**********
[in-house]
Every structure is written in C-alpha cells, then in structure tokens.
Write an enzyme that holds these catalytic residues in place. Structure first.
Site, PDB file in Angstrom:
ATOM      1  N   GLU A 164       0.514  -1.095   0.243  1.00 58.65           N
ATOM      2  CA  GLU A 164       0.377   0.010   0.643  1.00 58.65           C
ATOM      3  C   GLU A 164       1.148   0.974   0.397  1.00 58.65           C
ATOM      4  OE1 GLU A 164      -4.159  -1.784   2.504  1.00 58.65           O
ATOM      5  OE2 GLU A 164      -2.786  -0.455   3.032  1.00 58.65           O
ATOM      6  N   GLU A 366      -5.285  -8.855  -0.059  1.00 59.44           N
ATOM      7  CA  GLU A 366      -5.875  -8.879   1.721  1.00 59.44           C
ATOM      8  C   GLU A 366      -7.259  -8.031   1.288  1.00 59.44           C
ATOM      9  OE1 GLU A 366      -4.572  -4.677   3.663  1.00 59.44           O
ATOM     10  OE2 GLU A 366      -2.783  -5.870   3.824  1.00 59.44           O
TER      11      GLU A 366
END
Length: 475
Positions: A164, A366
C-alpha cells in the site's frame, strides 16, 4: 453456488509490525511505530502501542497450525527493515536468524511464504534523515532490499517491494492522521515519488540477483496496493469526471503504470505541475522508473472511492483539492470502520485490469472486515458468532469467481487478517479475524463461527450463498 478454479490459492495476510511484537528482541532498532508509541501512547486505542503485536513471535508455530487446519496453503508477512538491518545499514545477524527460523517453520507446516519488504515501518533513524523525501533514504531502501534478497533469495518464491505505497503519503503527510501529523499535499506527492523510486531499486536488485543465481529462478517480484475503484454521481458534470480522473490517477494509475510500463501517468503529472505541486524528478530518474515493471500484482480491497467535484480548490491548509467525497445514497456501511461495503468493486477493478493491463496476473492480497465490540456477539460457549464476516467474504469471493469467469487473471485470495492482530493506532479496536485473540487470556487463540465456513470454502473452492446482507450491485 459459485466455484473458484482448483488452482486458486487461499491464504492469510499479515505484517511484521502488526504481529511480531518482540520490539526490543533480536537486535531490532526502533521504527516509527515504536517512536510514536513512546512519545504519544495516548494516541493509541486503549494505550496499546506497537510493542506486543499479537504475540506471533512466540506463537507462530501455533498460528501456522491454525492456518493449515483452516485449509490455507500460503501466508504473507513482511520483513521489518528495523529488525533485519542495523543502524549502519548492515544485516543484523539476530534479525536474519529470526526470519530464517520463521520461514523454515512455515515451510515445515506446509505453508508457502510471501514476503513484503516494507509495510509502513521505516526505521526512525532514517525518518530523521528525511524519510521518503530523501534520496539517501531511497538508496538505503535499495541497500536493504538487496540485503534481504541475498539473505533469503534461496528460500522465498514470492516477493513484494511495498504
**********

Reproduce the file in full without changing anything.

[in-house]
Every structure is written in C-alpha cells, then in structure tokens.
Write an enzyme that holds these catalytic residues in place. Structure first.
Site, PDB file in Angstrom:
ATOM      1  N   GLU A 164       0.514  -1.095   0.243  1.00 58.65           N
ATOM      2  CA  GLU A 164       0.377   0.010   0.643  1.00 58.65           C
ATOM      3  C   GLU A 164       1.148   0.974   0.397  1.00 58.65           C
ATOM      4  OE1 GLU A 164      -4.159  -1.784   2.504  1.00 58.65           O
ATOM      5  OE2 GLU A 164      -2.786  -0.455   3.032  1.00 58.65           O
ATOM      6  N   GLU A 366      -5.285  -8.855  -0.059  1.00 59.44           N
ATOM      7  CA  GLU A 366      -5.875  -8.879   1.721  1.00 59.44           C
ATOM      8  C   GLU A 366      -7.259  -8.031   1.288  1.00 59.44           C
ATOM      9  OE1 GLU A 366      -4.572  -4.677   3.663  1.00 59.44           O
ATOM     10  OE2 GLU A 366      -2.783  -5.870   3.824  1.00 59.44           O
TER      11      GLU A 366
END
Length: 475
Positions: A164, A366
C-alpha cells in the site's frame, strides 16, 4: 453456488509490525511505530502501542497450525527493515536468524511464504534523515532490499517491494492522521515519488540477483496496493469526471503504470505541475522508473472511492483539492470502520485490469472486515458468532469467481487478517479475524463461527450463498 478454479490459492495476510511484537528482541532498532508509541501512547486505542503485536513471535508455530487446519496453503508477512538491518545499514545477524527460523517453520507446516519488504515501518533513524523525501533514504531502501534478497533469495518464491505505497503519503503527510501529523499535499506527492523510486531499486536488485543465481529462478517480484475503484454521481458534470480522473490517477494509475510500463501517468503529472505541486524528478530518474515493471500484482480491497467535484480548490491548509467525497445514497456501511461495503468493486477493478493491463496476473492480497465490540456477539460457549464476516467474504469471493469467469487473471485470495492482530493506532479496536485473540487470556487463540465456513470454502473452492446482507450491485 459459485466455484473458484482448483488452482486458486487461499491464504492469510499479515505484517511484521502488526504481529511480531518482540520490539526490543533480536537486535531490532526502533521504527516509527515504536517512536510514536513512546512519545504519544495516548494516541493509541486503549494505550496499546506497537510493542506486543499479537504475540506471533512466540506463537507462530501455533498460528501456522491454525492456518493449515483452516485449509490455507500460503501466508504473507513482511520483513521489518528495523529488525533485519542495523543502524549502519548492515544485516543484523539476530534479525536474519529470526526470519530464517520463521520461514523454515512455515515451510515445515506446509505453508508457502510471501514476503513484503516494507509495510509502513521505516526505521526512525532514517525518518530523521528525511524519510521518503530523501534520496539517501531511497538508496538505503535499495541497500536493504538487496540485503534481504541475498539473505533469503534461496528460500522465498514470492516477493513484494511495498504